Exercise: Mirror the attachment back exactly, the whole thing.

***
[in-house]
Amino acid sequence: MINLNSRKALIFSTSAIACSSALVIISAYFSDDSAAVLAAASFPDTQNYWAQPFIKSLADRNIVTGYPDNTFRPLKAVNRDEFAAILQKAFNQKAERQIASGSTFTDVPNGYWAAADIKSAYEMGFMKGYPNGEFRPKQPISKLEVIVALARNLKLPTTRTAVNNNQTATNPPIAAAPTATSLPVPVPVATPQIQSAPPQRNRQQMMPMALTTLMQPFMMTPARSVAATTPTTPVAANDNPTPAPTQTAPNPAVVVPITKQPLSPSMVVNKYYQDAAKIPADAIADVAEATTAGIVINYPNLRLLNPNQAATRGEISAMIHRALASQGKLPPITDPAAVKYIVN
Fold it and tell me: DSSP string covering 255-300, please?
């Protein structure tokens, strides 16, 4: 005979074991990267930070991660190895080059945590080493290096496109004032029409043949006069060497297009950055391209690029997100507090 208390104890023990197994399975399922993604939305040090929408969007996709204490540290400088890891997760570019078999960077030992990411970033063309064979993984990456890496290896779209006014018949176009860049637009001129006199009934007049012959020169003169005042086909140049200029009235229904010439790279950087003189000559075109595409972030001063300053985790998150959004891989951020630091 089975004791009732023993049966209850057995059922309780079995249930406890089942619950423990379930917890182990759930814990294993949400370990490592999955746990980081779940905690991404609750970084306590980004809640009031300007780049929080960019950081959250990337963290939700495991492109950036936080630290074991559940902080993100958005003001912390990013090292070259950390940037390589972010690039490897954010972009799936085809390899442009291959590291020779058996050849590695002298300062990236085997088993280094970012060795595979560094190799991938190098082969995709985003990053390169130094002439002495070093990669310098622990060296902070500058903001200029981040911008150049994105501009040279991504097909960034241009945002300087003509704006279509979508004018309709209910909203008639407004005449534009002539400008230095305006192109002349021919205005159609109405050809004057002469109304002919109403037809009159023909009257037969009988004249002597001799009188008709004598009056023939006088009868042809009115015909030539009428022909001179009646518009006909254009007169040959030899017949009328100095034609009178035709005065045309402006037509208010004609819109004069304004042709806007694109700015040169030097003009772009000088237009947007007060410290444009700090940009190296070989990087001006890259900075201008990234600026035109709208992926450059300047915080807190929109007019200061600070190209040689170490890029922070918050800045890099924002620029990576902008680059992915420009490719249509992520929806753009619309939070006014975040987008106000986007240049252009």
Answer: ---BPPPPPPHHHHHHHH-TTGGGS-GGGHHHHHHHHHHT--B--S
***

[in-house]
Amino acid sequence: MINLNSRKALIFSTSAIACSSALVIISAYFSDDSAAVLAAASFPDTQNYWAQPFIKSLADRNIVTGYPDNTFRPLKAVNRDEFAAILQKAFNQKAERQIASGSTFTDVPNGYWAAADIKSAYEMGFMKGYPNGEFRPKQPISKLEVIVALARNLKLPTTRTAVNNNQTATNPPIAAAPTATSLPVPVPVATPQIQSAPPQRNRQQMMPMALTTLMQPFMMTPARSVAATTPTTPVAANDNPTPAPTQTAPNPAVVVPITKQPLSPSMVVNKYYQDAAKIPADAIADVAEATTAGIVINYPNLRLLNPNQAATRGEISAMIHRALASQGKLPPITDPAAVKYIVN
Fold it and tell me: DSSP string covering 255-300, please?
């Protein structure tokens, strides 16, 4: 005979074991990267930070991660190895080059945590080493290096496109004032029409043949006069060497297009950055391209690029997100507090 208390104890023990197994399975399922993604939305040090929408969007996709204490540290400088890891997760570019078999960077030992990411970033063309064979993984990456890496290896779209006014018949176009860049637009001129006199009934007049012959020169003169005042086909140049200029009235229904010439790279950087003189000559075109595409972030001063300053985790998150959004891989951020630091 089975004791009732023993049966209850057995059922309780079995249930406890089942619950423990379930917890182990759930814990294993949400370990490592999955746990980081779940905690991404609750970084306590980004809640009031300007780049929080960019950081959250990337963290939700495991492109950036936080630290074991559940902080993100958005003001912390990013090292070259950390940037390589972010690039490897954010972009799936085809390899442009291959590291020779058996050849590695002298300062990236085997088993280094970012060795595979560094190799991938190098082969995709985003990053390169130094002439002495070093990669310098622990060296902070500058903001200029981040911008150049994105501009040279991504097909960034241009945002300087003509704006279509979508004018309709209910909203008639407004005449534009002539400008230095305006192109002349021919205005159609109405050809004057002469109304002919109403037809009159023909009257037969009988004249002597001799009188008709004598009056023939006088009868042809009115015909030539009428022909001179009646518009006909254009007169040959030899017949009328100095034609009178035709005065045309402006037509208010004609819109004069304004042709806007694109700015040169030097003009772009000088237009947007007060410290444009700090940009190296070989990087001006890259900075201008990234600026035109709208992926450059300047915080807190929109007019200061600070190209040689170490890029922070918050800045890099924002620029990576902008680059992915420009490719249509992520929806753009619309939070006014975040987008106000986007240049252009």
Answer: ---BPPPPPPHHHHHHHH-TTGGGS-GGGHHHHHHHHHHT--B--S